I love books. On my OkCupid profile, I say that books are my dominatrix. Nothing inspires me more, influences my writing, speaks to my soul, verbs my cliche noun, etc. And yet, I never seem to write about books. I’m trying to be better about that. I wrote one review for SF Weekly last week. But I thought, too, that I know many fantastic readers and writers, and why not start our own little series? Why not share the books we love, around a theme, and post them here? So, that’s what I’m gonna try to do. This month’s theme is: the last book that devastated you, hence the perhaps inappropriately violent name of the series: Book Clubbed. Ideally, the reviews will be short, micro-blog style, but longer is fine too. Here’s the first one, on Dorothy Allison’s Bastard Out of Carolina.
P.S. If you’d like to participate, please do! Holla at me in a comment or on Facebook. It’d be great to have reviews cross-posted on multiple blogs and have us a right literary hoedown! One can dream, yeah?
P.P.S. The next review will be on Joan Didion’s The Year of Magical Thinking. So, stay tuned.
I saw Dorothy Allison read recently, and while talking about the role of violence in her writing in the post-reading discussion she smiled at the audience widely, winningly, and told us this: “I’ma fuck you up.” She smiled and we laughed and I wondered why, because is that actually funny? She was sincere, I was certain, but when she smiled at us so sweetly, just like her characters always do when they don’t trust the people they’re talking to, we still laughed. Maybe because it’s true; she does fuck you up, beautifully, terribly, magnificently, in a way that sticks with you long after the book is over. Somehow, it’s part of her appeal.
The plot of Bastard out of Carolina, her first book and yet still the one she chose to read from the day I saw her, is simple—it’s about a young girl growing up poor white trash as part of a large and publicly despised family in South Carolina, suffering through and surviving a childhood heaped with physical and sexual abuse. It sounds pretty run-of-the-mill in this age of disaster memoirs, but what sets Allison apart is her honesty, a truthfulness that transcends what we’re supposed to think about poor people, about abuse survivors, and about the people who love them. The characters are often hard to comprehend, hard to love, but sometimes also hard to hate; they are not always noble, or self-sacrificing, or even kind. They are true to their own natures, and that’s not always a pretty sight—it’s just an honest one. And honesty, for all its supposed beauty and simplicity, can also be as ugly as a bruise.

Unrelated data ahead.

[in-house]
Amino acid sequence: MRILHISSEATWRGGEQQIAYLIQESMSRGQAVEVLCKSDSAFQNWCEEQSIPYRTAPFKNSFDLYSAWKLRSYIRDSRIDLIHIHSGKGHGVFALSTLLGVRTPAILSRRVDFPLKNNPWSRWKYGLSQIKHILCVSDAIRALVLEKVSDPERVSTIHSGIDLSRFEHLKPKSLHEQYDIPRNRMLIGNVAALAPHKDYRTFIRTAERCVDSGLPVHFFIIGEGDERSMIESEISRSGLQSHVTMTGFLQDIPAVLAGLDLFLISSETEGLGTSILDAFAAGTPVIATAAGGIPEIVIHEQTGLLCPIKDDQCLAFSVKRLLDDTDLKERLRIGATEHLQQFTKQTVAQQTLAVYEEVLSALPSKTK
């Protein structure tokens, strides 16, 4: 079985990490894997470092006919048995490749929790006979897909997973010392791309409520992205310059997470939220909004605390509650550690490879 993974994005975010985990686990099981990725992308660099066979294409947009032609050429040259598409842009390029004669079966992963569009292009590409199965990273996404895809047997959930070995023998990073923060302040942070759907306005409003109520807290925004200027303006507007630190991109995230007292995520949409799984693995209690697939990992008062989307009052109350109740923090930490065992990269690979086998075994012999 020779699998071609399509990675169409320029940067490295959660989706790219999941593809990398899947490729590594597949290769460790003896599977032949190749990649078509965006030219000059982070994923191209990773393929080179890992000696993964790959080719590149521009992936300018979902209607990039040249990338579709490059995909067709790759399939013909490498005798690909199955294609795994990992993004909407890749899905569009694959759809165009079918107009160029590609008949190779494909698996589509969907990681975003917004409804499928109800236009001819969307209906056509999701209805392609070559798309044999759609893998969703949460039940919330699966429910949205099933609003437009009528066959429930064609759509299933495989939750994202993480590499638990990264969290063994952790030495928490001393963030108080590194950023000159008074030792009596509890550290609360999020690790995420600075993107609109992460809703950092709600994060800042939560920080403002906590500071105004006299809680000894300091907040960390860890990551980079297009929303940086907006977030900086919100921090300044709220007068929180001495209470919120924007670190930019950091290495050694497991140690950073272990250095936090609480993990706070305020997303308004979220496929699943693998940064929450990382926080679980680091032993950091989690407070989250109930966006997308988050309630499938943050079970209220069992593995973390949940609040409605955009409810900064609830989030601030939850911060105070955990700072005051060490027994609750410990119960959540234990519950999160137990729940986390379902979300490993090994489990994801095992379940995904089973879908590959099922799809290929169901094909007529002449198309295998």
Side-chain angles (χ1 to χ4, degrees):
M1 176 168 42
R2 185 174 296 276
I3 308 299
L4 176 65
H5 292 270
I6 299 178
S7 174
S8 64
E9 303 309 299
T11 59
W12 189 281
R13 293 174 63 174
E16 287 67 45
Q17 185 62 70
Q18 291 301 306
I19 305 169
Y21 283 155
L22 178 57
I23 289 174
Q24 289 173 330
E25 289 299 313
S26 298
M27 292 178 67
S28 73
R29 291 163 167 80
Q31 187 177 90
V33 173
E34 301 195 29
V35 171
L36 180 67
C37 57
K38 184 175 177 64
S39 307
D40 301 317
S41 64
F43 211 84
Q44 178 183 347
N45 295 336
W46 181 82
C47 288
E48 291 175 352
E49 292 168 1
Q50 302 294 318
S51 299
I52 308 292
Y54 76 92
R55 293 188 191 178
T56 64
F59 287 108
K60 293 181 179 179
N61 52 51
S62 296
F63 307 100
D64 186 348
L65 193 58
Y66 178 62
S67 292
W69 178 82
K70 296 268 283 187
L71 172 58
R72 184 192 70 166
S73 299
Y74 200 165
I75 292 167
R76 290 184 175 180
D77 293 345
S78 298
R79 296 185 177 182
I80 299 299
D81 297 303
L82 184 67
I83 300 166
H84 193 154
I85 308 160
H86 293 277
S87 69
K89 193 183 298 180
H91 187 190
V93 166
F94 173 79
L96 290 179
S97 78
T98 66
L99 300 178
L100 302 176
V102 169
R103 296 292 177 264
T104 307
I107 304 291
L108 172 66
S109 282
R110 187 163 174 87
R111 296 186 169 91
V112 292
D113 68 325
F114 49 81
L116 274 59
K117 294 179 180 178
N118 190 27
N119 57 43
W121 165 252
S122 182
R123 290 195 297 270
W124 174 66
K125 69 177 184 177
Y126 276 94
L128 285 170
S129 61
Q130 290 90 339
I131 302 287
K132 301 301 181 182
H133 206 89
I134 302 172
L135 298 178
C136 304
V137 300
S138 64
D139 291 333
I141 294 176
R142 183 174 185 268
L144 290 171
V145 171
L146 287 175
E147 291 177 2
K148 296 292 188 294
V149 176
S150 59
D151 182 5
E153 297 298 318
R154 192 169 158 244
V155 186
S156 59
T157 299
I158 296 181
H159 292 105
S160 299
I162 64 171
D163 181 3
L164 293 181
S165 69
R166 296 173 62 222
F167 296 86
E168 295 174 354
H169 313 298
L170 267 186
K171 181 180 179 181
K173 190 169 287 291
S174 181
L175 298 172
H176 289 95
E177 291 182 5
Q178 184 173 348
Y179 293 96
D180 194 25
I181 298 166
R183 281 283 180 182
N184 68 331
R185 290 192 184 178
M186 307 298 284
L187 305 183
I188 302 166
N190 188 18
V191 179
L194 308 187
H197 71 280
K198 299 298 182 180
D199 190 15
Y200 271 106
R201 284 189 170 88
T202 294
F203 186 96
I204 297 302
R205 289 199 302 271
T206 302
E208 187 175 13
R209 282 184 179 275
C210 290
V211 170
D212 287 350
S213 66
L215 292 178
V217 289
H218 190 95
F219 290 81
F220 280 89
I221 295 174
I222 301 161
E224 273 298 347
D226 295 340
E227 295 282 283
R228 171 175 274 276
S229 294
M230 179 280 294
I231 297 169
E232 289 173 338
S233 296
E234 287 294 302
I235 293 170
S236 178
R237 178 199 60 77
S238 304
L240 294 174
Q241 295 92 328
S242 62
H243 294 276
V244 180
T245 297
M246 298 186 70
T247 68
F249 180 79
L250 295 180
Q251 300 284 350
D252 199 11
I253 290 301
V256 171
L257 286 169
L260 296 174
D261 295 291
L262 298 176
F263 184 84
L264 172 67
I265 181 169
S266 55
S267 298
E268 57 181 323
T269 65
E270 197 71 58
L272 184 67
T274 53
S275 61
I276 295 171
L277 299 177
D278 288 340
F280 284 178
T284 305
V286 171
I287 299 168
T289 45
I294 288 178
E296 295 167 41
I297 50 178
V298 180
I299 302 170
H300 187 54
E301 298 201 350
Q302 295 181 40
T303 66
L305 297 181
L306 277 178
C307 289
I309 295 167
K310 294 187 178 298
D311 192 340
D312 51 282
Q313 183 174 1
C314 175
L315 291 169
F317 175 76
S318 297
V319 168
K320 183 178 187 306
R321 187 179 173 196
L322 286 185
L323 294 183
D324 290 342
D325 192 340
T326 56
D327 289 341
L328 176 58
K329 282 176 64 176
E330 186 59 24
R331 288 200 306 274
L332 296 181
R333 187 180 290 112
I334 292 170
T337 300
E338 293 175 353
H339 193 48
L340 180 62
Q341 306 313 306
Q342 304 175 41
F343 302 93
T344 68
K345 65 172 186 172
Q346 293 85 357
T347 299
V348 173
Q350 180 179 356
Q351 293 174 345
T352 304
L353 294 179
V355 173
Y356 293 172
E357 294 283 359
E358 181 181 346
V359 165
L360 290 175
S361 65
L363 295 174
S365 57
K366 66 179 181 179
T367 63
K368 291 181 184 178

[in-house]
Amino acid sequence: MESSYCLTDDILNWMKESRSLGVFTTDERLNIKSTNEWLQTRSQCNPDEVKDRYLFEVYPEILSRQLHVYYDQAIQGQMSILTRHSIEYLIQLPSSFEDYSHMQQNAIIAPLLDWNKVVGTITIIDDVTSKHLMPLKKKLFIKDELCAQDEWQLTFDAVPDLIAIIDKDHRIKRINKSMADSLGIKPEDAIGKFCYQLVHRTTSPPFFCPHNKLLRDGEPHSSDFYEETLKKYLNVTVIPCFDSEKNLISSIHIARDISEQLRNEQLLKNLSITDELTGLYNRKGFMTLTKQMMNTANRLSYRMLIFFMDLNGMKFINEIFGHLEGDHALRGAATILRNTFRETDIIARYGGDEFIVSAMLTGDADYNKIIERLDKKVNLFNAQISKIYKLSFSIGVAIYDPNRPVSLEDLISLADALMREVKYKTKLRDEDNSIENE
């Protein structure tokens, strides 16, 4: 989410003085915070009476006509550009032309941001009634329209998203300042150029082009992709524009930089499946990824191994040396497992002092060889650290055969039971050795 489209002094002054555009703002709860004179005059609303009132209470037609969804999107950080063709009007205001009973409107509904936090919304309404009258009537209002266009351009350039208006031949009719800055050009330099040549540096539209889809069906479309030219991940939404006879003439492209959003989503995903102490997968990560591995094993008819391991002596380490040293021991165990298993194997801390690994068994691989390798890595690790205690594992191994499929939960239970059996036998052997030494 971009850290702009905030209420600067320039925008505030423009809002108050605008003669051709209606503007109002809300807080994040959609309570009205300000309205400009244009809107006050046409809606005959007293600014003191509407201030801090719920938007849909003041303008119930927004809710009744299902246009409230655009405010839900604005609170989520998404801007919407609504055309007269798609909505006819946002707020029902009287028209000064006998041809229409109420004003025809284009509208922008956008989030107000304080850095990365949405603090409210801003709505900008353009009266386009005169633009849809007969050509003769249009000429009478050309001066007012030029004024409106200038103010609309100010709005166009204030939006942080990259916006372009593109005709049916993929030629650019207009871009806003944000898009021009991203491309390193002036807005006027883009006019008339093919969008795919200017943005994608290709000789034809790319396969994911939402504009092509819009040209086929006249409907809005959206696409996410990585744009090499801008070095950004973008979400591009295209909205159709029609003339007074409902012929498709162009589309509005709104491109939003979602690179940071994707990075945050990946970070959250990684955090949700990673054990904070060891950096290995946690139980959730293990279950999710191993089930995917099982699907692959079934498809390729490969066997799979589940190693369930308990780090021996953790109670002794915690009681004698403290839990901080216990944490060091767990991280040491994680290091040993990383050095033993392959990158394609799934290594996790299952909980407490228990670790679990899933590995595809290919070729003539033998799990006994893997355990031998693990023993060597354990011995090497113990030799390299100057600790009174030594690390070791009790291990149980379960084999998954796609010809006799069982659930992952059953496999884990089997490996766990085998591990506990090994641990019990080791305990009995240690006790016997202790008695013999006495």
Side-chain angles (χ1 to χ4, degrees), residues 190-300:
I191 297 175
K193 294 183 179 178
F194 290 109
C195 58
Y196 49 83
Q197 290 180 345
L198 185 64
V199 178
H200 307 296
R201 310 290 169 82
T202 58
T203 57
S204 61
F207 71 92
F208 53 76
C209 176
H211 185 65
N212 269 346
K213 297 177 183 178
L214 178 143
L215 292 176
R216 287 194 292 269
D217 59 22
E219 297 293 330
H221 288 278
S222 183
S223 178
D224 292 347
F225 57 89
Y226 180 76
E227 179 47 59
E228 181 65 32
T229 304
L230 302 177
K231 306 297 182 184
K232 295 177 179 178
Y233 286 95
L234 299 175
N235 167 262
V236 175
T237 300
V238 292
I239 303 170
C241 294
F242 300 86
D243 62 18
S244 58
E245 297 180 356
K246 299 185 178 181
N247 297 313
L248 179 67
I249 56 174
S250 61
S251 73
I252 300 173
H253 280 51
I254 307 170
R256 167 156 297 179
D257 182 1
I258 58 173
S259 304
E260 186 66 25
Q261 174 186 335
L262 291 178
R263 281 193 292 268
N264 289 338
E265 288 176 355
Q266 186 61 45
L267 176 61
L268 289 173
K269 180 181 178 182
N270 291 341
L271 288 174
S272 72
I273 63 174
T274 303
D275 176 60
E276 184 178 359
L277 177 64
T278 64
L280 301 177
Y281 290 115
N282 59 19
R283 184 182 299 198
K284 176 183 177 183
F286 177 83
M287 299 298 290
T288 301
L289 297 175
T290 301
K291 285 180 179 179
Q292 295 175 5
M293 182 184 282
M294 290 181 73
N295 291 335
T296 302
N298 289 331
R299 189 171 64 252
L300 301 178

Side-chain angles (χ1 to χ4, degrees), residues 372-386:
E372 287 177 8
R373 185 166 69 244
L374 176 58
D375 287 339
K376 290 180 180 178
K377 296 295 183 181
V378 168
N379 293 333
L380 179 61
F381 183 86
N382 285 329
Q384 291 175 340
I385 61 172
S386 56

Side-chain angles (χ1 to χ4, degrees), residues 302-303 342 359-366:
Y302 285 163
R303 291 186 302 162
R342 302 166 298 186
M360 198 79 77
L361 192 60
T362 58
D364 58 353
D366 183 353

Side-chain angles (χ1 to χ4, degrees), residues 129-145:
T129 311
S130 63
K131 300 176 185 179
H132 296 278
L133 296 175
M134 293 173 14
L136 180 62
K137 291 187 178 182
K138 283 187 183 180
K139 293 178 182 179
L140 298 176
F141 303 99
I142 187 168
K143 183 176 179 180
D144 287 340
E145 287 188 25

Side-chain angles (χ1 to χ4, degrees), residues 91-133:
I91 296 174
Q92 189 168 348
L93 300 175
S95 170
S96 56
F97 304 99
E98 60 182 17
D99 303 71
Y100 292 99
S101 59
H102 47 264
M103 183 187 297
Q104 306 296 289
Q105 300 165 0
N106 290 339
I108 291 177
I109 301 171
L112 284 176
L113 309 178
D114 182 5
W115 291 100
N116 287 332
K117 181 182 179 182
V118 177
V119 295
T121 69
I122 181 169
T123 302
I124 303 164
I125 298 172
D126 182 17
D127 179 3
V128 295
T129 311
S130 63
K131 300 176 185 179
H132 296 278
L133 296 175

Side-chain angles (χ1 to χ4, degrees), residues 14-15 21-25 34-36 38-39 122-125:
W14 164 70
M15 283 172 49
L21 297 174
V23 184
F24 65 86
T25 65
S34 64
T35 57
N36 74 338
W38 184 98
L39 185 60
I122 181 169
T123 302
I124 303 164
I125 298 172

Consider Bone, the titular bastard: I love her so much, for her strength and loyalty to her mother and her sheer stubbornness, but I’m also afraid of her. She’s hard, in the way you have to be to survive sometimes, but she’s only thirteen by the end of the book and she just scares the fuck out of me sometimes. Bone is driven by what we almost can’t see—as readers we witness the physical abuse she suffers from her stepfather, but other than an initial molestation scene there’s little direct description of sexual abuse. It exists in memories and hints, lingering around the edges of the more easily definable physical harm, without words to give it form but tainting everything—her worldview, her interpersonal relationships, her day-to-day actions—just the same.
It comes out in her intense hatred of those who mistreat her: her abusive stepfather, the Woolworth’s manager who belittles her, the doctors who try to help her. But it comes out most clearly in Bone’s masturbation fantasies; they sound like something a dominatrix would whisper in your ear, visions of strength through suffering and pride in pain, and when I suddenly considered that they belonged to an eleven-year-old it shocked me more than almost anything else in the entire book. The only people who offer a solution she can accept are her blood relatives, and because they solve violence with a violence that echoes her own desires their solutions are short-term ones. Bone doesn’t believe anybody can help her, because nobody does; she knows even as a child how people act towards a poor bastard with bruises on her legs, and she wants pity even less than help.
One moment can irrevocably break your life into two pieces, the before and after, and a lot of books are about that. This one is too, but in a deeper way it’s also about the slow relentless grind, of the damage that comes from a life consisting of tiny, mostly terrible moments, one after another with no hope of escape. Bastard out of Carolina is a shattering book because it’s about violence, the violence of abuse and bodily harm but also the ongoing violence of poverty and shame and hunger, of stretched-thin food and frayed clothing and sneering looks and how all of these small pieces add up into something that can eat you alive, if not bodily than spiritually.
Here’s the scene in the movie (directed by Anjelica Huston!) where the abusive step-father gets the shit kicked out of him: